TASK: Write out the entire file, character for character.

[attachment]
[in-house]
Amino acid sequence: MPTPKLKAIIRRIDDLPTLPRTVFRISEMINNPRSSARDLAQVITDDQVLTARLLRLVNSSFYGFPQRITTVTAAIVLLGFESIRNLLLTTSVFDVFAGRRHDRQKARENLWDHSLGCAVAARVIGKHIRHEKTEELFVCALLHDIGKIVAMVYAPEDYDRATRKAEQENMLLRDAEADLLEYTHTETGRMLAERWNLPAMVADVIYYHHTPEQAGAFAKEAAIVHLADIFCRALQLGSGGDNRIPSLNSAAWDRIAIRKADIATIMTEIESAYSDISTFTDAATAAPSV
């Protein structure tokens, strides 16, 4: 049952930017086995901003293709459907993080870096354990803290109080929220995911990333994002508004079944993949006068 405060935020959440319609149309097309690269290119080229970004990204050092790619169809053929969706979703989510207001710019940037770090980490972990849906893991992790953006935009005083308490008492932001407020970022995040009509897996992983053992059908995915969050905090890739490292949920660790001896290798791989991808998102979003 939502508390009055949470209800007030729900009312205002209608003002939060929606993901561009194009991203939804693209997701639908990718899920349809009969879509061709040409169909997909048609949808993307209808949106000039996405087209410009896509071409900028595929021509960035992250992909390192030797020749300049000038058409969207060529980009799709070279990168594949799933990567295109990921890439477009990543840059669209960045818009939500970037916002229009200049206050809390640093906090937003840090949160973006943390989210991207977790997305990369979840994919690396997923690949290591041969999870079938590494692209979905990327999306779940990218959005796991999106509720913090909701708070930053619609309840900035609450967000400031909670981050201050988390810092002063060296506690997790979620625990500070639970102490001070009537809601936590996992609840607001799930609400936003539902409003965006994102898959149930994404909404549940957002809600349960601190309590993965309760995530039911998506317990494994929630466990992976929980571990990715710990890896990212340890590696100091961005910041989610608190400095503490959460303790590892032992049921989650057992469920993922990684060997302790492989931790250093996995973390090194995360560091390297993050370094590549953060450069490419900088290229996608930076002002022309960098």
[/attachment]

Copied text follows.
[in-house]
Amino acid sequence: MPTPKLKAIIRRIDDLPTLPRTVFRISEMINNPRSSARDLAQVITDDQVLTARLLRLVNSSFYGFPQRITTVTAAIVLLGFESIRNLLLTTSVFDVFAGRRHDRQKARENLWDHSLGCAVAARVIGKHIRHEKTEELFVCALLHDIGKIVAMVYAPEDYDRATRKAEQENMLLRDAEADLLEYTHTETGRMLAERWNLPAMVADVIYYHHTPEQAGAFAKEAAIVHLADIFCRALQLGSGGDNRIPSLNSAAWDRIAIRKADIATIMTEIESAYSDISTFTDAATAAPSV
């Protein structure tokens, strides 16, 4: 049952930017086995901003293709459907993080870096354990803290109080929220995911990333994002508004079944993949006068 405060935020959440319609149309097309690269290119080229970004990204050092790619169809053929969706979703989510207001710019940037770090980490972990849906893991992790953006935009005083308490008492932001407020970022995040009509897996992983053992059908995915969050905090890739490292949920660790001896290798791989991808998102979003 939502508390009055949470209800007030729900009312205002209608003002939060929606993901561009194009991203939804693209997701639908990718899920349809009969879509061709040409169909997909048609949808993307209808949106000039996405087209410009896509071409900028595929021509960035992250992909390192030797020749300049000038058409969207060529980009799709070279990168594949799933990567295109990921890439477009990543840059669209960045818009939500970037916002229009200049206050809390640093906090937003840090949160973006943390989210991207977790997305990369979840994919690396997923690949290591041969999870079938590494692209979905990327999306779940990218959005796991999106509720913090909701708070930053619609309840900035609450967000400031909670981050201050988390810092002063060296506690997790979620625990500070639970102490001070009537809601936590996992609840607001799930609400936003539902409003965006994102898959149930994404909404549940957002809600349960601190309590993965309760995530039911998506317990494994929630466990992976929980571990990715710990890896990212340890590696100091961005910041989610608190400095503490959460303790590892032992049921989650057992469920993922990684060997302790492989931790250093996995973390090194995360560091390297993050370094590549953060450069490419900088290229996608930076002002022309960098």